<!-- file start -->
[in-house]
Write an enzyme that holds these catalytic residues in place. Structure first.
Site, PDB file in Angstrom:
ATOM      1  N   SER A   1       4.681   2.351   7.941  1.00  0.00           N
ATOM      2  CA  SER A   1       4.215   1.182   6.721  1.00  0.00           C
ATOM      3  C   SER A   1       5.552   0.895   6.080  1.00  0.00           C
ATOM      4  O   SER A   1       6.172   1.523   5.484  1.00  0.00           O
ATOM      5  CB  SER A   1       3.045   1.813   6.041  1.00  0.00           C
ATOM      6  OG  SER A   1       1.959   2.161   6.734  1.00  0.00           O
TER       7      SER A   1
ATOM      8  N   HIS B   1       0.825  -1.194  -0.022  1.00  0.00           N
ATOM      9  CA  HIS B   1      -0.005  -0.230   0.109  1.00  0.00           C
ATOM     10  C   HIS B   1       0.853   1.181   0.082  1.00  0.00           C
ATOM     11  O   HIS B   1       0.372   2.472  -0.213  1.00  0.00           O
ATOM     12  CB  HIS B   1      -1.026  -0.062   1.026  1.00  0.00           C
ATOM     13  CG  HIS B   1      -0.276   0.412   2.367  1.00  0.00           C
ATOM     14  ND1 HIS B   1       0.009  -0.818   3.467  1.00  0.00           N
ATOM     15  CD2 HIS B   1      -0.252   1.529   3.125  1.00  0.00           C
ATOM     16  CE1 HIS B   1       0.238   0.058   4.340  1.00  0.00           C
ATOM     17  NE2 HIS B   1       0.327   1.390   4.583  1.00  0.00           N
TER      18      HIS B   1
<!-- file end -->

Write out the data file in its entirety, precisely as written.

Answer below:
[in-house]
Write an enzyme that holds these catalytic residues in place. Structure first.
Site, PDB file in Angstrom:
ATOM      1  N   SER A   1       4.681   2.351   7.941  1.00  0.00           N
ATOM      2  CA  SER A   1       4.215   1.182   6.721  1.00  0.00           C
ATOM      3  C   SER A   1       5.552   0.895   6.080  1.00  0.00           C
ATOM      4  O   SER A   1       6.172   1.523   5.484  1.00  0.00           O
ATOM      5  CB  SER A   1       3.045   1.813   6.041  1.00  0.00           C
ATOM      6  OG  SER A   1       1.959   2.161   6.734  1.00  0.00           O
TER       7      SER A   1
ATOM      8  N   HIS B   1       0.825  -1.194  -0.022  1.00  0.00           N
ATOM      9  CA  HIS B   1      -0.005  -0.230   0.109  1.00  0.00           C
ATOM     10  C   HIS B   1       0.853   1.181   0.082  1.00  0.00           C
ATOM     11  O   HIS B   1       0.372   2.472  -0.213  1.00  0.00           O
ATOM     12  CB  HIS B   1      -1.026  -0.062   1.026  1.00  0.00           C
ATOM     13  CG  HIS B   1      -0.276   0.412   2.367  1.00  0.00           C
ATOM     14  ND1 HIS B   1       0.009  -0.818   3.467  1.00  0.00           N
ATOM     15  CD2 HIS B   1      -0.252   1.529   3.125  1.00  0.00           C
ATOM     16  CE1 HIS B   1       0.238   0.058   4.340  1.00  0.00           C
ATOM     17  NE2 HIS B   1       0.327   1.390   4.583  1.00  0.00           N
TER      18      HIS B   1